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Nano Lett. 2007 Feb;7(2):338-44.

Deciphering the kinetic mechanism of spontaneous self-assembly of icosahedral capsids.

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Department of Molecular Biology, TPC6, 10550 North Torrey Pines Road, La Jolla, California 92037, USA.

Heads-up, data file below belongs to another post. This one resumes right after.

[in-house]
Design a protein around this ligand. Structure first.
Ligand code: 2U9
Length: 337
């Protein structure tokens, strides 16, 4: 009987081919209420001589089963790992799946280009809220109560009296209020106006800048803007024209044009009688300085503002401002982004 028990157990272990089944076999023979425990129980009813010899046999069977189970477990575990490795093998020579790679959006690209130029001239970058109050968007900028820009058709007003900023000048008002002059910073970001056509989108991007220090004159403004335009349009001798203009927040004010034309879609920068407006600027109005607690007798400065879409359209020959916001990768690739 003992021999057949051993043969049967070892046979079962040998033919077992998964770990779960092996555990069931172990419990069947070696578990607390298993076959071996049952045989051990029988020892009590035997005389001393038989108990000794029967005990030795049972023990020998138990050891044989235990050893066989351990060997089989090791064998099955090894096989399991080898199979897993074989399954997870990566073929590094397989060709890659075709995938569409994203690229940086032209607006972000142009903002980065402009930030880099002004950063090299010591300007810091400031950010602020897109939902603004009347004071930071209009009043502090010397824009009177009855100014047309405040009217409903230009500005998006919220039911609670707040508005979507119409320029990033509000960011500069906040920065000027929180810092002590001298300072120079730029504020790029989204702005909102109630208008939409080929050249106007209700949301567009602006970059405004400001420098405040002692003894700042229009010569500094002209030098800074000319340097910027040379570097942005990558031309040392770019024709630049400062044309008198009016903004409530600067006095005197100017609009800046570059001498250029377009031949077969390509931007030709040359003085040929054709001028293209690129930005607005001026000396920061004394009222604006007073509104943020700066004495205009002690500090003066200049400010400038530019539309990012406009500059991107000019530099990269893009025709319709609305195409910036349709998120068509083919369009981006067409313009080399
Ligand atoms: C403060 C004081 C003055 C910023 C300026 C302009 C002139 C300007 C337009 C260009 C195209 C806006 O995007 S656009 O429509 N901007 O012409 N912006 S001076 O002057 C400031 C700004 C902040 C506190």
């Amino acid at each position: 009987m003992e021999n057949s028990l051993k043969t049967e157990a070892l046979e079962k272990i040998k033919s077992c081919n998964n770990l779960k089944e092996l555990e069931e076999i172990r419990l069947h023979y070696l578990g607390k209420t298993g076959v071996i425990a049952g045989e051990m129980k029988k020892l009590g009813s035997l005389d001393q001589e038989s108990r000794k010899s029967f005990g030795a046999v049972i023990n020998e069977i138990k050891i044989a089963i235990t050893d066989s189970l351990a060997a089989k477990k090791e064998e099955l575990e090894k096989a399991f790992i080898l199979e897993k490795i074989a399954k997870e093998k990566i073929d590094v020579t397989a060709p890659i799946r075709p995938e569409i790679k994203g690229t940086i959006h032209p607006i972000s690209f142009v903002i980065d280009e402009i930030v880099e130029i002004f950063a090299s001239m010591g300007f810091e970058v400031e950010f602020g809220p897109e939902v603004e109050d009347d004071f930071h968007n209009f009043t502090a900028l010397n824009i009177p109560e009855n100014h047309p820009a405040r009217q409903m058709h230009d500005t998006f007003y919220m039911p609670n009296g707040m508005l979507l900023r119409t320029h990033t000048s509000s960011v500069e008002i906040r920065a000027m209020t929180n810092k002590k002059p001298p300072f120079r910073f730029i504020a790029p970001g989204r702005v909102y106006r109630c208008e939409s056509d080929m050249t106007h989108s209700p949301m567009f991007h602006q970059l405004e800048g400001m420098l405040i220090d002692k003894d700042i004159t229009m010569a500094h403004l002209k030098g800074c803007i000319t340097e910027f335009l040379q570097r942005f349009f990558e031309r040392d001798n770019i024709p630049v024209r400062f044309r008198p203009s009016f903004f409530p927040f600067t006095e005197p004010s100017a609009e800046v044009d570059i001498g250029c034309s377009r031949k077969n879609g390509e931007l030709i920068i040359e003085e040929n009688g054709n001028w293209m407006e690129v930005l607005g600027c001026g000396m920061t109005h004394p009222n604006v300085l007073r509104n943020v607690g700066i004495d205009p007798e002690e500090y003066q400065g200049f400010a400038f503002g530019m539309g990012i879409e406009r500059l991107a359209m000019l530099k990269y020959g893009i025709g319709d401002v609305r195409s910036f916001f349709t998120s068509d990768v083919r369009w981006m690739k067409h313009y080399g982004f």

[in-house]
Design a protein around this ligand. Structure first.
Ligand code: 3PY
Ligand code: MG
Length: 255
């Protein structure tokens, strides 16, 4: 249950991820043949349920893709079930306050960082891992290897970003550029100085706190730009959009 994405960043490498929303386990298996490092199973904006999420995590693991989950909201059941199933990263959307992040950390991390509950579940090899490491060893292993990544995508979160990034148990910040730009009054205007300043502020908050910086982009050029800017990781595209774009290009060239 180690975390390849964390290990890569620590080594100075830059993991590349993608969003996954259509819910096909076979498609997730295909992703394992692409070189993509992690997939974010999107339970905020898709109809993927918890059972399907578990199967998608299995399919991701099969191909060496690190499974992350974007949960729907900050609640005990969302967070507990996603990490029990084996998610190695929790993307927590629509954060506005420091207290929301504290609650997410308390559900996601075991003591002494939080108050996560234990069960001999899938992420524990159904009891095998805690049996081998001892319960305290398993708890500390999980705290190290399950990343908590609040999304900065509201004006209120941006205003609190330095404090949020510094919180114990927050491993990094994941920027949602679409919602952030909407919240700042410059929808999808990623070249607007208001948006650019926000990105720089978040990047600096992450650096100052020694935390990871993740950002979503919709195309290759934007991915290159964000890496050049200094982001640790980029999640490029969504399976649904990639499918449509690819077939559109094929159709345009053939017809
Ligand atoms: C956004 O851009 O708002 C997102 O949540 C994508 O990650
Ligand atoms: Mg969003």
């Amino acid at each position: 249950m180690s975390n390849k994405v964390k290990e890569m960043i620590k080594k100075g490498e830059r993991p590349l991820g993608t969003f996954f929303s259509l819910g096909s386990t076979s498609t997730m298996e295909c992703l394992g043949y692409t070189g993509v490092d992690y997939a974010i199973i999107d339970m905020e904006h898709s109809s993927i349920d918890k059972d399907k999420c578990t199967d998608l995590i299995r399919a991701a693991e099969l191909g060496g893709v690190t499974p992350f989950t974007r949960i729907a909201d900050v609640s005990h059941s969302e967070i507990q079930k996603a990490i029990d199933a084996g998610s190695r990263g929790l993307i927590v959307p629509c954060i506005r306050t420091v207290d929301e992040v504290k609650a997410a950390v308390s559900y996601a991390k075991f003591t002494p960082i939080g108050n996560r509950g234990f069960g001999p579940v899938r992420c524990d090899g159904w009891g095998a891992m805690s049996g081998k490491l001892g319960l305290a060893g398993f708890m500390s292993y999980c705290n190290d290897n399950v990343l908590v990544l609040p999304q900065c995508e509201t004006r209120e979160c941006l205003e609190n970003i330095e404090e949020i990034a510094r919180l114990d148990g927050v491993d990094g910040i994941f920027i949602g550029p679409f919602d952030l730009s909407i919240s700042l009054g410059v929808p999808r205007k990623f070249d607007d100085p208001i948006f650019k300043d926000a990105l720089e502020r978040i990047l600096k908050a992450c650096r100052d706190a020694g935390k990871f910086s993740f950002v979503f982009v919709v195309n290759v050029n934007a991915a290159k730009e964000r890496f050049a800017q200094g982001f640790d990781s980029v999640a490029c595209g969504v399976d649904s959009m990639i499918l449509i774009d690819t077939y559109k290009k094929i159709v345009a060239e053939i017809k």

Self-assembly of viral proteins into icosahedral capsids is an interesting yet poorly understood phenomenon of which elucidation may aid the exploration of beneficial applications of capsids in materials science and medicine. Using molecular dynamics simulations of coarse-grained models for capsid proteins, we show that the competition between the formation of full capsids and nonidealized structures is strongly dependent upon the protein concentration and temperature, occurring kinetically as a cascade of elementary reactions in which free monomers are added to the growing oligomers on a downhill free-energy landscape. However, the insertion of the final subunits is the rate-limiting, energetically unfavorable step in viral capsid assembly. A phase diagram has been constructed to show the regions where capsids or nonidealized structures are stable at each concentration and temperature. We anticipate that our findings will provide guidance in identifying suitable conditions required for in vitro viral capsid assembly experiments.

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